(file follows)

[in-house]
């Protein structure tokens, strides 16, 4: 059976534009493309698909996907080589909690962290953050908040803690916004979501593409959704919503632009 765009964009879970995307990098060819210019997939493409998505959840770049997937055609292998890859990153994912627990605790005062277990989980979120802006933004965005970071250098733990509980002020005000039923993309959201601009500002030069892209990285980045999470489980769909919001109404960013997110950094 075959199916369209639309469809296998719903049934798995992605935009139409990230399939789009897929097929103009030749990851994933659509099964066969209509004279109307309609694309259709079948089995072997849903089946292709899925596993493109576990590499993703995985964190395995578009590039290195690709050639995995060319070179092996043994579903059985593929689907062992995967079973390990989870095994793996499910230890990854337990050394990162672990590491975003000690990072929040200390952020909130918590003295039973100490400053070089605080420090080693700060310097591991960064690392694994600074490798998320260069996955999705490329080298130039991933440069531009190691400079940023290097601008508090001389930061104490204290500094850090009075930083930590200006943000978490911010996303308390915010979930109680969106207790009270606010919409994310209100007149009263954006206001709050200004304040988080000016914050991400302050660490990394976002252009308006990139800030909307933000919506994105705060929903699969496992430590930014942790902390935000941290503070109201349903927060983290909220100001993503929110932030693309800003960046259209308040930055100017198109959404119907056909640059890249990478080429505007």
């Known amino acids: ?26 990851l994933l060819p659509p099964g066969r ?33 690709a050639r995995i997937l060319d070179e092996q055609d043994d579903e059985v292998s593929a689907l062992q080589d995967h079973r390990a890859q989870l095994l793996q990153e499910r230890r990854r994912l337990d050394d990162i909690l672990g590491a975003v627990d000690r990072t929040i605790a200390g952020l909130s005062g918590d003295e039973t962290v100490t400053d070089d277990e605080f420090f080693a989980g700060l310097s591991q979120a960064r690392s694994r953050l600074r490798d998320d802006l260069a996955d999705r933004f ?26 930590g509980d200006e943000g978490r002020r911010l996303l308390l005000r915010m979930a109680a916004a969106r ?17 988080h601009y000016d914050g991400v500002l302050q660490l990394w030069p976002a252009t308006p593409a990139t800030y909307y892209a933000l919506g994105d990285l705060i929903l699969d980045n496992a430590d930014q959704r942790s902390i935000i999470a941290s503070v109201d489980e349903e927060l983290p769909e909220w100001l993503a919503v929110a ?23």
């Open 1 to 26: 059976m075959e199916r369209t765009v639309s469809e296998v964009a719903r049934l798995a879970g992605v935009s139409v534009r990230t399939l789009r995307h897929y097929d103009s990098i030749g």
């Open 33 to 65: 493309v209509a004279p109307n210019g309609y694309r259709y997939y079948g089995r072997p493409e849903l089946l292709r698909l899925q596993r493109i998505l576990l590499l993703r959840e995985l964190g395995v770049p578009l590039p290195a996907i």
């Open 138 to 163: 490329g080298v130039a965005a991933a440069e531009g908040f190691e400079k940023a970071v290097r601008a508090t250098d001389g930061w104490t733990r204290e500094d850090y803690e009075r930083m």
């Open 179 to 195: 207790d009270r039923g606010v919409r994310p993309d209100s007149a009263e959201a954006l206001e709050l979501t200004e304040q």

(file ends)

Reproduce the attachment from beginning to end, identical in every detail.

[in-house]
């Protein structure tokens, strides 16, 4: 059976534009493309698909996907080589909690962290953050908040803690916004979501593409959704919503632009 765009964009879970995307990098060819210019997939493409998505959840770049997937055609292998890859990153994912627990605790005062277990989980979120802006933004965005970071250098733990509980002020005000039923993309959201601009500002030069892209990285980045999470489980769909919001109404960013997110950094 075959199916369209639309469809296998719903049934798995992605935009139409990230399939789009897929097929103009030749990851994933659509099964066969209509004279109307309609694309259709079948089995072997849903089946292709899925596993493109576990590499993703995985964190395995578009590039290195690709050639995995060319070179092996043994579903059985593929689907062992995967079973390990989870095994793996499910230890990854337990050394990162672990590491975003000690990072929040200390952020909130918590003295039973100490400053070089605080420090080693700060310097591991960064690392694994600074490798998320260069996955999705490329080298130039991933440069531009190691400079940023290097601008508090001389930061104490204290500094850090009075930083930590200006943000978490911010996303308390915010979930109680969106207790009270606010919409994310209100007149009263954006206001709050200004304040988080000016914050991400302050660490990394976002252009308006990139800030909307933000919506994105705060929903699969496992430590930014942790902390935000941290503070109201349903927060983290909220100001993503929110932030693309800003960046259209308040930055100017198109959404119907056909640059890249990478080429505007």
């Known amino acids: ?26 990851l994933l060819p659509p099964g066969r ?33 690709a050639r995995i997937l060319d070179e092996q055609d043994d579903e059985v292998s593929a689907l062992q080589d995967h079973r390990a890859q989870l095994l793996q990153e499910r230890r990854r994912l337990d050394d990162i909690l672990g590491a975003v627990d000690r990072t929040i605790a200390g952020l909130s005062g918590d003295e039973t962290v100490t400053d070089d277990e605080f420090f080693a989980g700060l310097s591991q979120a960064r690392s694994r953050l600074r490798d998320d802006l260069a996955d999705r933004f ?26 930590g509980d200006e943000g978490r002020r911010l996303l308390l005000r915010m979930a109680a916004a969106r ?17 988080h601009y000016d914050g991400v500002l302050q660490l990394w030069p976002a252009t308006p593409a990139t800030y909307y892209a933000l919506g994105d990285l705060i929903l699969d980045n496992a430590d930014q959704r942790s902390i935000i999470a941290s503070v109201d489980e349903e927060l983290p769909e909220w100001l993503a919503v929110a ?23």
């Open 1 to 26: 059976m075959e199916r369209t765009v639309s469809e296998v964009a719903r049934l798995a879970g992605v935009s139409v534009r990230t399939l789009r995307h897929y097929d103009s990098i030749g």
């Open 33 to 65: 493309v209509a004279p109307n210019g309609y694309r259709y997939y079948g089995r072997p493409e849903l089946l292709r698909l899925q596993r493109i998505l576990l590499l993703r959840e995985l964190g395995v770049p578009l590039p290195a996907i």
């Open 138 to 163: 490329g080298v130039a965005a991933a440069e531009g908040f190691e400079k940023a970071v290097r601008a508090t250098d001389g930061w104490t733990r204290e500094d850090y803690e009075r930083m």
């Open 179 to 195: 207790d009270r039923g606010v919409r994310p993309d209100s007149a009263e959201a954006l206001e709050l979501t200004e304040q």